Contemporary in look and taste
By CHRIS SHERMAN
Published September 21, 2006
After two decades and untold millions of dollars to dress up the waterfront, downtown finally has a taste of the most elusive of treats: a room with a water view and contemporary food.
Cafe Dufrain is a small modern bistro and slick hideaway in a clump of urbanesque condos on Harbour Island. It started out as a deli three years ago, but owners Ferrell and Andrew Bonnemort, whose mother has a restaurant in Paris, had higher ambition.
To the view of hotels and hockey they have added badly needed sophistication, a splash of contemporary painting and a global menu.
I wanted to say that Cafe Dufrain dipped its peekytoe crab cakes into the cool water of culinary fashion but the restaurant was out of this trendiest of crabs on my visit. Still the cafe is one of the few who are hip to the Maine rock crab, and the menu abounds with other contemporary tricks.
Chef Britt Golson has pulled flavors from around the world and the American comfort kitchen to update and upscale: red curry soup, pork tamales with ancho honey, shrimp tempura salad with kim chee, wild mushroom meatloaf and Brazilian fish-coconut stew.
It's a tall order, yet Cafe Dufrain does well by most of them and stumbles on a few.
The best meal for me was rice and mushrooms in a lush risotto porridge with crisp green beans and a glistening pool of butternut squash. I needn't have splurged for the fired-up jumbo shrimp. Rice was never so robust.
Carnivores would be surprisingly happy with the grilled vegetable stack, the best grilled squash I've had, alongside a tomato sauce with a licorice lick of basil.
Meat eaters do get goat-cheese stuffed filets, and a classic Argentine skirt steak, which I tried in a beefy focaccia sandwich with mushrooms and caramelized onions.
For starters, big sea scallops with a red wine balsamic syrup and a bird's nest of fried leeks were fun but sadly, there were only two. Shrimp toast, which doesn't usually get this far out of a Chinese restaurant, makes better finger food for a table. Fiery, fatty and spiced with ginger jam, it should be shared.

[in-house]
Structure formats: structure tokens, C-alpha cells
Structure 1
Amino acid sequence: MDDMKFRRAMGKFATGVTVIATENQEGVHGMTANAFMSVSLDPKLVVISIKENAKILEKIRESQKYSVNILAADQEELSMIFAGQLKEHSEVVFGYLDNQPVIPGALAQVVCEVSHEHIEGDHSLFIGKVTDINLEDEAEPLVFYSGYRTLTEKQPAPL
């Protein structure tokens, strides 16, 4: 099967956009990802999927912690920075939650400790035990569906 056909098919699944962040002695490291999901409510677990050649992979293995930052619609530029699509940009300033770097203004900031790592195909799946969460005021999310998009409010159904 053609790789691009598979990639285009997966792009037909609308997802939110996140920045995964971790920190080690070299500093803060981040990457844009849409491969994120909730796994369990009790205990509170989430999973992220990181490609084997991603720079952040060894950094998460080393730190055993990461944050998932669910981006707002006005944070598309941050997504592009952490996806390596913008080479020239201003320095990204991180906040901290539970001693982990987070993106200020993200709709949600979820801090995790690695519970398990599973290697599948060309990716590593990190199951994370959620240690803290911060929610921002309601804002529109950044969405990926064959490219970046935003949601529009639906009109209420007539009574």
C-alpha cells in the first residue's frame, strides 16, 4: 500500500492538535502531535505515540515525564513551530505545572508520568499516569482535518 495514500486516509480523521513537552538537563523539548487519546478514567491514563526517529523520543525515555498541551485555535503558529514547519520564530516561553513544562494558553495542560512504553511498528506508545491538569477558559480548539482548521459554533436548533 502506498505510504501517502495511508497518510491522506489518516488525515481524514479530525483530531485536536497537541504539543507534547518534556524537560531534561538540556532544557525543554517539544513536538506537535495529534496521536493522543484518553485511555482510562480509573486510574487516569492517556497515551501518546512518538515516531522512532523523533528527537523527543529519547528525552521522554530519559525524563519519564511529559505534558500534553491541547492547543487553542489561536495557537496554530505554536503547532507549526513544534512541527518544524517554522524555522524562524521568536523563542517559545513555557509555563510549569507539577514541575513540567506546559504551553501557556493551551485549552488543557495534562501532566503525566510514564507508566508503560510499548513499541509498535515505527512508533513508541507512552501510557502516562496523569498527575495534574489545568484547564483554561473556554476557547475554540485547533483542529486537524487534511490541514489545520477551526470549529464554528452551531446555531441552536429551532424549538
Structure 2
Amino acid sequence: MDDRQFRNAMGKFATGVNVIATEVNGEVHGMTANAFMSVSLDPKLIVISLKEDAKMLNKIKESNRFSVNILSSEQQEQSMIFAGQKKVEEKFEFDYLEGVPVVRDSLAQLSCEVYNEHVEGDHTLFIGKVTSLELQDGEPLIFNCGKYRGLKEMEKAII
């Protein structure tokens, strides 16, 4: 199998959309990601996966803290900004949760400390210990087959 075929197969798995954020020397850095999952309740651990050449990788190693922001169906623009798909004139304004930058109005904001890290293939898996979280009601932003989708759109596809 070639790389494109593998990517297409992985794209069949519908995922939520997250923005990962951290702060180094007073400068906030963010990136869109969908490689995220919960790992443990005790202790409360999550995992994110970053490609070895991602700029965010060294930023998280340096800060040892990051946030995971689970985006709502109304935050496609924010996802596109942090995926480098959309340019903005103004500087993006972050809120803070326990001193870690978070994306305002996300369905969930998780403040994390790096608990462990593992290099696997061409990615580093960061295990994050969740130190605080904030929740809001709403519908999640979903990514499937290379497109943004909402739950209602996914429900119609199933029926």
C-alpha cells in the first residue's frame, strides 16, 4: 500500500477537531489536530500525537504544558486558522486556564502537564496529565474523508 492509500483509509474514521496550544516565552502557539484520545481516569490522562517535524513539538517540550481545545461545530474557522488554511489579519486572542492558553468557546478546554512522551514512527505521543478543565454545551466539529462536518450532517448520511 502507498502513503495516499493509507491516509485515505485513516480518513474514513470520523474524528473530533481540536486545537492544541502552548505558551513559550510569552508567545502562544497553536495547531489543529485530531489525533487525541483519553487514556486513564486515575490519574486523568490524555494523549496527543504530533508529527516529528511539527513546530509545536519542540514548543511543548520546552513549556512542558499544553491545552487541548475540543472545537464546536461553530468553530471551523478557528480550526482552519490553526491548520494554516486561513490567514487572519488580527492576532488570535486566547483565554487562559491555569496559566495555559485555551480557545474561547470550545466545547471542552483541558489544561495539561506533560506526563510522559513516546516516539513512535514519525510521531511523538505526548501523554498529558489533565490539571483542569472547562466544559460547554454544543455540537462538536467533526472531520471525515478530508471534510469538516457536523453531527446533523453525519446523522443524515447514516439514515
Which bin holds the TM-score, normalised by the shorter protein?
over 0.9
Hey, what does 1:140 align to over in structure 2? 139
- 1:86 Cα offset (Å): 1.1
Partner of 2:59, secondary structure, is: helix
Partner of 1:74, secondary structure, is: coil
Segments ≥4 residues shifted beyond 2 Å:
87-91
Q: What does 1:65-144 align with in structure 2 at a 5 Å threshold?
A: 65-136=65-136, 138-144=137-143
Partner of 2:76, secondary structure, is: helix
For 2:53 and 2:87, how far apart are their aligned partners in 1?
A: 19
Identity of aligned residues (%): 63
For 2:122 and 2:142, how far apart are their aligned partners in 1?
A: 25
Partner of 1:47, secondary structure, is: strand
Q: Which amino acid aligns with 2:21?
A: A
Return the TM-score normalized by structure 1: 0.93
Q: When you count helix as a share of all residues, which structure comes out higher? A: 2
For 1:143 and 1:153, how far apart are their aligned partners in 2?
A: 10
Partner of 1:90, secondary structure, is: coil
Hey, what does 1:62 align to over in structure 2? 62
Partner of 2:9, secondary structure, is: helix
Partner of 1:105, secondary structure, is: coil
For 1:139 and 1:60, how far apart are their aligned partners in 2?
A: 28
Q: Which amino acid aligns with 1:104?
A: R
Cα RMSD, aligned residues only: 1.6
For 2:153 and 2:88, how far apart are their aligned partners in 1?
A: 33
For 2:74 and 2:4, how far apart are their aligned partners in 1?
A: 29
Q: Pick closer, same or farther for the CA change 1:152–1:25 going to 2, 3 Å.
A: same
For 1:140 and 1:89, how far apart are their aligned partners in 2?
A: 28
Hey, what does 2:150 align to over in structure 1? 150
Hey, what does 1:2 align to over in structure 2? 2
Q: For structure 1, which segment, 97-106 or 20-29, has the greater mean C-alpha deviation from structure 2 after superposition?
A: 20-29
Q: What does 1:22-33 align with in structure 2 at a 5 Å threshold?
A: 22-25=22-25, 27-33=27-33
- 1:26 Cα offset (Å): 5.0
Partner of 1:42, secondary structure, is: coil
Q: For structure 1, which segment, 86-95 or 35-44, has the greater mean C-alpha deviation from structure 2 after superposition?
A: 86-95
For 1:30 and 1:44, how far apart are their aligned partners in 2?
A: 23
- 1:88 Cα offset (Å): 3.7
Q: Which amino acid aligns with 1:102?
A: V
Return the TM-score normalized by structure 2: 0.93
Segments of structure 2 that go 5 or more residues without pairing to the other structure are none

The wine list is short but quite savvy, from a Toad Hollow's husky Erik the Red to Pine Ridge chenin blanc as well as Royal Tokaji after dinner. It makes for a handsome wine bar and a smart young crowd.
Halibut with clams on a white bean stew with rapini would hit many of my heartiest buttons, but the fish was undercooked, a rare mistake. Duckling with a Thai glaze was a smart idea too but sabotaged with too much heat; the skin was limp, not crispy, and the peanut basmati rice was soggy. House gazpacho was truly fresh but needed a richer broth to carry the corn relish, avocado cream and dollop of lobster.
Service varied too, from polished to inexperienced, and though wellstaffed, servers left dirty plates on the table through several passes. Miscues can happen, but consistency is crucial with $12 lunch entrees and market price dinners.
You can depend, however, on the apple tart, fresh apples smartly turned out in flaky phyllo.
The river view is here to stay as is a loyal crowd of neighbors and explorers. I only hope the skyline will someday be as bold and adventurous as the cooking across the way.
Chris Sherman dines anonymously and unannounced. The St. Petersburg Times pays for all expenses. A restaurant's advertising has nothing to do with selection for review or assessment of its quality. Sherman can be reached at (727) 893-8585 or firstname.lastname@example.org
707 Harbour Post Drive, Tampa
Hours: Lunch, 11 a.m. to 3 p.m. Monday through Saturday; dinner, 5 to 10 p.m. Monday through Saturday (kitchen open until 11 Friday night).
Details: Credit cards, beer, wine, outdoor seating.
Prices: Lunch $8 to $18; dinner entrees $15 to $26.
[Last modified September 20, 2006, 09:56:00]
[an error occurred while processing this directive]